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Computer science student earns nationally competitive Department of Commerce scholarship

Anna Hartenbach and Colleen Carow | May 29, 2018
Sefton Hollings

Computer science student earns nationally competitive Department of Commerce scholarship

Anna Hartenbach and Colleen Carow | May 29, 2018

A Russ College computer science student is one of just 150 students nationwide to have won a nationally competitive National Oceanic and Atmospheric Administration (NOAA) scholarship.

Rising junior Seaghan Sefton, an Honors Tutorial College computer science major, won the Ernest F. Hollings undergraduate scholarship, which is designed to increase undergraduate training in oceanic and atmospheric science, and public understanding and support. It will provide her with $9,500 each year for two years, a 10-week, full-time, paid summer internship at any NOAA facility in the U.S., and research presentation funding for two national scientific conferences.

Part of the Department of Commerce, the NOAA is a science-based federal agency with regulatory, operational, and information service responsibilities that reach from the sun to the ocean.

Gordon Stewart, assistant professor in the School of Electrical Engineering and Computer Science (EECS), worked with Sefton on programming languages and computer security research over the last academic year.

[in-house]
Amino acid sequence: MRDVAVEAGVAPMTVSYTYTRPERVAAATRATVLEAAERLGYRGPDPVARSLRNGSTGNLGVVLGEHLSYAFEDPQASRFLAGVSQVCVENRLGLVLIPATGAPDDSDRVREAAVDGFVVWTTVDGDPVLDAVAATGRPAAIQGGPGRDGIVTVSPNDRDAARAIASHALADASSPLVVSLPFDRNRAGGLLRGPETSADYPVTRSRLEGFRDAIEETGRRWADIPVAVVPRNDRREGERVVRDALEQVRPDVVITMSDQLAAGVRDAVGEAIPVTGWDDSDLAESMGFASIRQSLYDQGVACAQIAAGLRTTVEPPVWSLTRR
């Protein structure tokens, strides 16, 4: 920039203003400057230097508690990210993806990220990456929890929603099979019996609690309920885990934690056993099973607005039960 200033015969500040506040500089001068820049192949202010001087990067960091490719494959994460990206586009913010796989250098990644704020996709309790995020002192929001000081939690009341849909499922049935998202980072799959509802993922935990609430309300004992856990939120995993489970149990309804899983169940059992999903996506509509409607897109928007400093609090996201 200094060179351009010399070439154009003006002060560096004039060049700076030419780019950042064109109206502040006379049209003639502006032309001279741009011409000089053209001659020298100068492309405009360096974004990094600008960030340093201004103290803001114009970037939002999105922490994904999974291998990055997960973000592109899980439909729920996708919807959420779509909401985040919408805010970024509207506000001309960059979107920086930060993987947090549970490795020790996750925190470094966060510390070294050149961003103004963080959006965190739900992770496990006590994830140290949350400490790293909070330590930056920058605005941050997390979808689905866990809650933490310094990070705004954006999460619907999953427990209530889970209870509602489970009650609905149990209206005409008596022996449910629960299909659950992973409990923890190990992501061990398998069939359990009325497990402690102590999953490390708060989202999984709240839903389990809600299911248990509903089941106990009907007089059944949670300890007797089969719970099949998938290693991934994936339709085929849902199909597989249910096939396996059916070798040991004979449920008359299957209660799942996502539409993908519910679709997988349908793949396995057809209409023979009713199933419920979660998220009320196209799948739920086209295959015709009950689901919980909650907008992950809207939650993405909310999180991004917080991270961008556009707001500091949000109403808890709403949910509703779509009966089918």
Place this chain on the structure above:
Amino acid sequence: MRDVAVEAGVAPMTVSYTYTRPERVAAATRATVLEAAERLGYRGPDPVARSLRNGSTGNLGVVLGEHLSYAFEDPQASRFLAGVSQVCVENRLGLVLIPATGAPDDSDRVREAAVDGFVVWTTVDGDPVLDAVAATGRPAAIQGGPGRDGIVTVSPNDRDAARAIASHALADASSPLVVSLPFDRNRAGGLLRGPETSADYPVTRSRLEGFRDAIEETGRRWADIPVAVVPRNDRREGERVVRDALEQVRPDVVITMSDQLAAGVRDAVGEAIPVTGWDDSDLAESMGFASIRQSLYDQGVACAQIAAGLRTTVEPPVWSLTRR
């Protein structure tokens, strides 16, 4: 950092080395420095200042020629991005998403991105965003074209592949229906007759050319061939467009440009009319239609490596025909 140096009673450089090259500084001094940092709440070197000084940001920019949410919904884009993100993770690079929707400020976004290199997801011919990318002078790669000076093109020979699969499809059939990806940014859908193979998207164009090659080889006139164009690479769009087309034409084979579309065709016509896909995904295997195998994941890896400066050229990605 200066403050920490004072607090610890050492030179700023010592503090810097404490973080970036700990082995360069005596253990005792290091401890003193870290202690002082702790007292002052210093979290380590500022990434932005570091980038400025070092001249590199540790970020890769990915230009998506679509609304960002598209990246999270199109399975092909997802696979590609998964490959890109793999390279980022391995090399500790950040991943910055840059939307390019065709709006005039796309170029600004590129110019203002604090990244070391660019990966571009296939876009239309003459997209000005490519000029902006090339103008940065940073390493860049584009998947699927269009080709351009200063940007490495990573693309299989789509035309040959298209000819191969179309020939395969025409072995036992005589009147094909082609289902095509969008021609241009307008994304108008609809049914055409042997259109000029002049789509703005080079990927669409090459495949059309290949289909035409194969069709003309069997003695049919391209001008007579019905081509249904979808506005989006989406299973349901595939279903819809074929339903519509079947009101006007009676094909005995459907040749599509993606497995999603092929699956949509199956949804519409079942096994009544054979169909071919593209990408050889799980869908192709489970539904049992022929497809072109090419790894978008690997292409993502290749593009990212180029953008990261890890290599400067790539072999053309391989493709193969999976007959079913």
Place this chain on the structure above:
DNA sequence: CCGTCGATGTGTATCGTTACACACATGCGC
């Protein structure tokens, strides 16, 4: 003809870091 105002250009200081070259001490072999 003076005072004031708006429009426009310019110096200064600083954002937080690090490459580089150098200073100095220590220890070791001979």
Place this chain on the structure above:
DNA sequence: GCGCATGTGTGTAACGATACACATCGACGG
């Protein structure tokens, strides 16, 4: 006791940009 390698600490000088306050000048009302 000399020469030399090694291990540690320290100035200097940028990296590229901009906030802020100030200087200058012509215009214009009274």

“I’m extremely gratified to see her awarded the prestigious NOAA Hollings Scholarship, which will give her the opportunity to work alongside researchers at NOAA,” he said.

This year’s scholars were selected from roughly 600 STEM students representing 100 colleges and universities. Additional Ohio University students have received the scholarship in previous years, including Timothy Murphy, BSCS ’16.

Sefton, who participated during high school in Project Oceanology programs, which offer an inquiry-oriented approach to marine sciences, said she felt the opportunity would enable her to pursue her biological research interests.

“Not only will I be able to directly use this opportunity to diversify my research in my undergraduate career, but it could help me benefit the environment,” she said.

Sefton will attend orientation in Silver Spring, Maryland, this month, to meet peers, NOAA program scientists and learn more about future internships.

David Juedes, chair of the School of Electrical Engineering and Computer Science (EECS), said he believes Sefton is one of the best computer science students to study at OHIO in recent years.

“I truly believe that she has the capacity and potential to contribute to either the computing or engineering disciplines,” he said.